Edmontosaurus

Edmontosaurus is your classic hadrosaur, nothing fancy here, except, you know, it’s a massive reptile and it’s a dinosaur.

 

Meaning of name: ‘Edmonton lizard’

Species: E. regalis and E. annectens.

Classification: Dinosauria, Ornithischia, Ornithopoda, Hadrosauridae, Saurolophinae, Edmontosaurini, Edmontosaurus.

Size: depending on the species, 9m (30ft) long seems to be the general maximum length, but individuals have been found ranging from 12-13m (39-43ft) in length; E. annectens is regarded as the smaller species but recent fossil analysis suggests the species to be just as large as E. regalis.

Weight: 4 metric tonnes (4.4 Imperial tons).

Time: Maastrichtian Stage of the Late Cretaceous.

Location: Alberta (Canada), Wyoming, South and North Dakota (all three USA).

Named by: Lawrence Lambe, in 1917. E. annectens was named by Othniel Charles Marsh in 1892 but as Claosaurus annectens.

 

 

When people think of hadrosaurs, more specifically, when they aren’t thinking about those with the odd-looking crests on their heads, they think of Edmontosaurus; which is probably one of the most generic-looking hadrosaurs out there (to the layman, there may as well be no difference between Edmontosaurus, Maiasaura, Tanius and Shantungosaurus).

Edmontosaurus was arguably one of the most abundant herbivores towards the end of the Cretaceous. It was recently found that the crests and features on hadrosaur skulls, more specifically those on Edmontosaur skulls, change drastically as they age, which means that many E. annectens fossils have been found to, in truth, belong to E. regalis. In much the same way, there were once more Edmontosaur species, but with this new information having come to light, it seems that‭ ‬Anatotitan copei,‭ ‬Edmontosaurus saskatchewanensis,‭ ‬Hadrosaurus longiceps and ‬Thespesius edmontoni are all Edmontosaurus regalis.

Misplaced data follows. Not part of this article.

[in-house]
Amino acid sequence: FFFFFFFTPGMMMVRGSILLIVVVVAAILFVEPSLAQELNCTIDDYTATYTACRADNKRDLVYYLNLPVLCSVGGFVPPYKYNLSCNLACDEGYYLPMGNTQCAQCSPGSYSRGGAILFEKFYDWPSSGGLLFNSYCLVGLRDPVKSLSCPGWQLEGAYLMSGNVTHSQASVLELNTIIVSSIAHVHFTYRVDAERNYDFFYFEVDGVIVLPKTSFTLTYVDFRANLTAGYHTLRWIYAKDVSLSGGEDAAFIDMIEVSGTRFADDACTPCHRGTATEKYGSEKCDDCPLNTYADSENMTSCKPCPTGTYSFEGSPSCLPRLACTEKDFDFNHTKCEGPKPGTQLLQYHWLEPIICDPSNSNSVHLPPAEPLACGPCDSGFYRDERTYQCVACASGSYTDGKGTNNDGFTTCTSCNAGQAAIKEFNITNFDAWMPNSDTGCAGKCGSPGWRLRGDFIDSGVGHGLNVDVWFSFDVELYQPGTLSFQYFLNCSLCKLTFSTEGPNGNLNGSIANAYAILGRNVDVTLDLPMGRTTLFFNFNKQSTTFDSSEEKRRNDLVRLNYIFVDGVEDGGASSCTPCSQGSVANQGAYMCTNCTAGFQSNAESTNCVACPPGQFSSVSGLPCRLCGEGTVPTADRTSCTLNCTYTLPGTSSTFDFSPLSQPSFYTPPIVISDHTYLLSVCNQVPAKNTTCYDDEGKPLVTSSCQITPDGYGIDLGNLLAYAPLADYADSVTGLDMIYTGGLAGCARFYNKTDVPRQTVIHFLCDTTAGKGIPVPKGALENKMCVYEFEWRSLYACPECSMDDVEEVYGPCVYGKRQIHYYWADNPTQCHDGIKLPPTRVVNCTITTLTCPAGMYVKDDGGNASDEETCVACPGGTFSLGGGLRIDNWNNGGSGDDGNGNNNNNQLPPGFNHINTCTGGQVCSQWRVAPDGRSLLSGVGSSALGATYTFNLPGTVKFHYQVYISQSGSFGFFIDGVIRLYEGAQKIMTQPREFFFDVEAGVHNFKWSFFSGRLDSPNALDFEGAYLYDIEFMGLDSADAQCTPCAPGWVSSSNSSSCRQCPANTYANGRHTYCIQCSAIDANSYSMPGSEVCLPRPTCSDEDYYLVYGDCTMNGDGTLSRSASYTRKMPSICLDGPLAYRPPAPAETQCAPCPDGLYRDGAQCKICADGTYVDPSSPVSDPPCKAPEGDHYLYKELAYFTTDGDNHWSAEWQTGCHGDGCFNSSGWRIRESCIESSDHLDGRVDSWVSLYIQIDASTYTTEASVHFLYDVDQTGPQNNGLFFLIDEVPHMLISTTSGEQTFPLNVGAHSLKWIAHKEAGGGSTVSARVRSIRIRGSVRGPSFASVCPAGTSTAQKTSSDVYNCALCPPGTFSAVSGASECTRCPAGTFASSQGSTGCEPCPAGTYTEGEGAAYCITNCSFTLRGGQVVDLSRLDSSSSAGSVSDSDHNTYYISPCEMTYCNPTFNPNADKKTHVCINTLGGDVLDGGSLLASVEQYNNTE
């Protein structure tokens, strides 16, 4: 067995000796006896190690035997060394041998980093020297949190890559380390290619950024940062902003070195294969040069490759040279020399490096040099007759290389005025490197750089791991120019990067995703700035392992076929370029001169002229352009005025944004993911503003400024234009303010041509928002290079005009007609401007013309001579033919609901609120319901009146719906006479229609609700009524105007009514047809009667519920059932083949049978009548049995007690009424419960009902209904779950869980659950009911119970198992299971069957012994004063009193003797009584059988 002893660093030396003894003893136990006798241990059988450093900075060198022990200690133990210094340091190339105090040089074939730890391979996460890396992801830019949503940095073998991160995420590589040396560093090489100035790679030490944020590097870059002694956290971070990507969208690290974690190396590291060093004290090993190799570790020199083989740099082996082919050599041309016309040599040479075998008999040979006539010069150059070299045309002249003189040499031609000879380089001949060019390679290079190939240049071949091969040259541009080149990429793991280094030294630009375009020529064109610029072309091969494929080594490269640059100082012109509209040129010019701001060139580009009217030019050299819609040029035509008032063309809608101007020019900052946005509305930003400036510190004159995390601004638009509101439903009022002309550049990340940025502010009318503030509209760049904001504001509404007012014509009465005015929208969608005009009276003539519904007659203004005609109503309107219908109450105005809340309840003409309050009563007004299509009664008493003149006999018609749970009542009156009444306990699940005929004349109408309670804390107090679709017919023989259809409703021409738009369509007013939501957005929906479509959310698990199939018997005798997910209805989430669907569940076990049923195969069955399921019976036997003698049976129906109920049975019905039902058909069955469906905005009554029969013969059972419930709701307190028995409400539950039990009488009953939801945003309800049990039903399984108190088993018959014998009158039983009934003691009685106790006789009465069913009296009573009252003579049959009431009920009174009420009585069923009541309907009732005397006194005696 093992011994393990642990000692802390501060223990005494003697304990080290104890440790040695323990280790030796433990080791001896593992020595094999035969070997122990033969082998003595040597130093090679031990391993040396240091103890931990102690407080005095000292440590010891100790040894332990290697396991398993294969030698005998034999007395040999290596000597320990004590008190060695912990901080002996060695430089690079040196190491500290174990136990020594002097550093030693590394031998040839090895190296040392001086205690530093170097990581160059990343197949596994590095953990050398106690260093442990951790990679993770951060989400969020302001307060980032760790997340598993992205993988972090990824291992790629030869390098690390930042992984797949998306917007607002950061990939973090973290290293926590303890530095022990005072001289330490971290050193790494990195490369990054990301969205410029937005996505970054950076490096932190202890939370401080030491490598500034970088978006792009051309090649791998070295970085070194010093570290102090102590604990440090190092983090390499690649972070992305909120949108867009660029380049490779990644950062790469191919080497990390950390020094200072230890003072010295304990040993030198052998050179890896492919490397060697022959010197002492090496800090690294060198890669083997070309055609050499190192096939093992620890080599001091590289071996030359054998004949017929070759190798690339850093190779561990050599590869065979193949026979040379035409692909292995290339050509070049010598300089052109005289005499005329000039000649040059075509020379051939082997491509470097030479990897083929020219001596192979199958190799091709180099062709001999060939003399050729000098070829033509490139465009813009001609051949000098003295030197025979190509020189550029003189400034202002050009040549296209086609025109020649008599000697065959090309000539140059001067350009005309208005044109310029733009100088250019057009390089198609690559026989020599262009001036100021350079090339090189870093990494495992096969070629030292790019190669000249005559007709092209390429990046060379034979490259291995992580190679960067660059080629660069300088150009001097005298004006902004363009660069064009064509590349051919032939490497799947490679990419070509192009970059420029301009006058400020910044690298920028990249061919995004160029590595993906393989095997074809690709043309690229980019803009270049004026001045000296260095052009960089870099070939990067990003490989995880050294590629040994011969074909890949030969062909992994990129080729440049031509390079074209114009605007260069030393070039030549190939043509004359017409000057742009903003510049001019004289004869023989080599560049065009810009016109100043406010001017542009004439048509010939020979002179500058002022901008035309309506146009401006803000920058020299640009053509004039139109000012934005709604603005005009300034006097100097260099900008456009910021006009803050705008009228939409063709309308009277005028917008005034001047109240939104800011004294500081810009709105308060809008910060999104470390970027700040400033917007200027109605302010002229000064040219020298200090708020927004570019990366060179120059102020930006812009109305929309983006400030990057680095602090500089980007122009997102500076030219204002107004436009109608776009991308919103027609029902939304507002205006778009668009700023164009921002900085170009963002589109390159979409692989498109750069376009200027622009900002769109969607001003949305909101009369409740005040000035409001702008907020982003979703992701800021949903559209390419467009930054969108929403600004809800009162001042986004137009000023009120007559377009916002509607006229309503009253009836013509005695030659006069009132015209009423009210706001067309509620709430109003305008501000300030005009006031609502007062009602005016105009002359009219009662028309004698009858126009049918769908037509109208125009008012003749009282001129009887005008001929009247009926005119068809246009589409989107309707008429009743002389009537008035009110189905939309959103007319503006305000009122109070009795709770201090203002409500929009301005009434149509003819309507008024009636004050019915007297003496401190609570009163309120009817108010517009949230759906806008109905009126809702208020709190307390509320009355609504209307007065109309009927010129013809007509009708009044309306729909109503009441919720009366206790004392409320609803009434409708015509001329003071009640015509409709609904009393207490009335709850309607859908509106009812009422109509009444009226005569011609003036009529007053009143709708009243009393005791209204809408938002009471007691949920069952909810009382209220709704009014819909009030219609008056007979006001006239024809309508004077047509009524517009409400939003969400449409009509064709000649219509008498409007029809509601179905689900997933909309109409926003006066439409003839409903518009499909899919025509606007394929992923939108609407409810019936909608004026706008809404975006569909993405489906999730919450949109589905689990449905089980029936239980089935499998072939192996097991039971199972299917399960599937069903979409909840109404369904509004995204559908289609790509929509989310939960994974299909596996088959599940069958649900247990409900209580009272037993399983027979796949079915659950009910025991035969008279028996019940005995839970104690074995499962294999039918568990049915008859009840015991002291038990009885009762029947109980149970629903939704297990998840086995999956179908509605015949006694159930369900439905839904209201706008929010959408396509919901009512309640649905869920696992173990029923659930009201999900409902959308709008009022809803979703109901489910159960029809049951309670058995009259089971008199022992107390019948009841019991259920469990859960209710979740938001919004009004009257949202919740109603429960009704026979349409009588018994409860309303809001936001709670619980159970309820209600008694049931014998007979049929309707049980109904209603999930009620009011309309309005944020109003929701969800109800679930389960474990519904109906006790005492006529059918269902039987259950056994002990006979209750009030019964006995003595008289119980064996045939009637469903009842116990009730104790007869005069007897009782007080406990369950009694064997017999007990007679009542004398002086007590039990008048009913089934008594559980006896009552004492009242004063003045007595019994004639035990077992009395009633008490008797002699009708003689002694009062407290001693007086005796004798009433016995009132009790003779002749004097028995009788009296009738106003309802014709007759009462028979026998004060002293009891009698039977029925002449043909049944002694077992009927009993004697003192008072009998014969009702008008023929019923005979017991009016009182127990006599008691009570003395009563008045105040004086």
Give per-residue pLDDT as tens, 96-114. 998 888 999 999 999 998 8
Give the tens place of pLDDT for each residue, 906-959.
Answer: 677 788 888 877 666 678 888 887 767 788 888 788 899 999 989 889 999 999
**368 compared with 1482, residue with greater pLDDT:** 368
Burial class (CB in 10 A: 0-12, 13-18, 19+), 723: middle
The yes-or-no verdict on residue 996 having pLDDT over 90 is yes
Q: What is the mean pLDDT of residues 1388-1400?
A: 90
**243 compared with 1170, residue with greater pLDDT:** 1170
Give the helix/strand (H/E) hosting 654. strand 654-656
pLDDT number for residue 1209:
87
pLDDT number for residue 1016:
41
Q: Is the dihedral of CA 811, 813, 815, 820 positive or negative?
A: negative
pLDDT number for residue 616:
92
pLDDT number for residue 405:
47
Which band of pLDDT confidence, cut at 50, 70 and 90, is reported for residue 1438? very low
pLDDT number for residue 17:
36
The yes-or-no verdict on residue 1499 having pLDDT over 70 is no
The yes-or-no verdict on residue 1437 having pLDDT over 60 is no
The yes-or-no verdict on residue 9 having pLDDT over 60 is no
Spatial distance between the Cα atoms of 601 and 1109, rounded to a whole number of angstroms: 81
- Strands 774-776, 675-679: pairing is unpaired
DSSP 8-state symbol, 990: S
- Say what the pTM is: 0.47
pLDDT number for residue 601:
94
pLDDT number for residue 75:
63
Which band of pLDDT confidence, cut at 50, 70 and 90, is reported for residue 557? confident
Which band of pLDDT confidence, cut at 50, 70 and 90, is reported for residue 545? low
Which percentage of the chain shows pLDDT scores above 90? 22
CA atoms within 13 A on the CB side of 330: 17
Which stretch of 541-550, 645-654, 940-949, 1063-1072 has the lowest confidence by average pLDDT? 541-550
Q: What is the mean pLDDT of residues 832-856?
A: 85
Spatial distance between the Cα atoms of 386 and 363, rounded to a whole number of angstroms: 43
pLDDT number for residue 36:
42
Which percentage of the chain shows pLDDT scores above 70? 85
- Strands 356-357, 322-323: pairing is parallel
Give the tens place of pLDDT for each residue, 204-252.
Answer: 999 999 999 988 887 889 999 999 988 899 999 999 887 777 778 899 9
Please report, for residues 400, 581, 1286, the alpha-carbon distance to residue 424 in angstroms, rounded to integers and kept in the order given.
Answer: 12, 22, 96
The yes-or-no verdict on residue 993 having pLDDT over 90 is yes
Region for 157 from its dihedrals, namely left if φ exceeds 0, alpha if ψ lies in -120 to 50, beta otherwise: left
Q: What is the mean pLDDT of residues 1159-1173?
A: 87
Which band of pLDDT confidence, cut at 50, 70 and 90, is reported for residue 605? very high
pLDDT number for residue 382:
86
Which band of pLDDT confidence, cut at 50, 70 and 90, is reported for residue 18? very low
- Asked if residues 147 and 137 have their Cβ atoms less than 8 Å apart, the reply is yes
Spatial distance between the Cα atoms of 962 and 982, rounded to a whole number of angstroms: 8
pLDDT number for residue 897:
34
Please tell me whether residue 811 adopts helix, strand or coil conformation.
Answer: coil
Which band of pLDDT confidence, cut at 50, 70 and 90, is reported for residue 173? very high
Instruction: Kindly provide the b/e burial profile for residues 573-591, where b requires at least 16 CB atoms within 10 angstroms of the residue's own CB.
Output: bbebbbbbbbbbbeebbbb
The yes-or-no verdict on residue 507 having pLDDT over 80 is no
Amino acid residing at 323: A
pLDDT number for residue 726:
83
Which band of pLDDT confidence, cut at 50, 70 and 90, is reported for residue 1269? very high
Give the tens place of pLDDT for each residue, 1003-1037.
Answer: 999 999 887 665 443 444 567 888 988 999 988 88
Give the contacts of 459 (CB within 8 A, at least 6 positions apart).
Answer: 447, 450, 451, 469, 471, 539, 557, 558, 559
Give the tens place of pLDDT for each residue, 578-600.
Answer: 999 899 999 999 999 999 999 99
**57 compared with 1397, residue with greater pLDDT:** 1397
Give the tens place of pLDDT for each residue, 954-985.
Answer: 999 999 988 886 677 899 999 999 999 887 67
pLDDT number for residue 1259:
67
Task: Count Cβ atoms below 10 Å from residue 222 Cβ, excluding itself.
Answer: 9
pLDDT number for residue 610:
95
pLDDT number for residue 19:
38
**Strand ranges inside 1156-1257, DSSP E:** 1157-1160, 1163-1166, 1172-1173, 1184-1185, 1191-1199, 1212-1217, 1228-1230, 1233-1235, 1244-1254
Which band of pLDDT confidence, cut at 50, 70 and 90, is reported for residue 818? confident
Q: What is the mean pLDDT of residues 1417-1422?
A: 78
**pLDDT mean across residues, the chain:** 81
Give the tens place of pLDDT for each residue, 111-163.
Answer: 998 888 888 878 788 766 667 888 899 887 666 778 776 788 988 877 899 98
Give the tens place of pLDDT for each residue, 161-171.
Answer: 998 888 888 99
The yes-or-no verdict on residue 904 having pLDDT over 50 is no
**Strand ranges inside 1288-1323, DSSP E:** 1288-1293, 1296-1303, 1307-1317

These animals lived in herds and were possibly migratory. Their biggest threat would have been Tyrannosaurus, which was certainly not afraid to charge at a large herd and single out a lone hadrosaur in the fray; but living in herds lowered the possibility of young being picked off and the chances of smaller predators managing to take one of them down.

 

Possibly the most famous Edmontosaurus is Dakota, a near-perfectly preserved fossil found in the Hell Creek formation in North Dakota, she will be the topic of the next post.

 

This has been Edmontosaurus, this has been me; and you’ve been reading Dinosaurs Made Easy.

 

 

Image credit: March of the Dinosaurs Wikia

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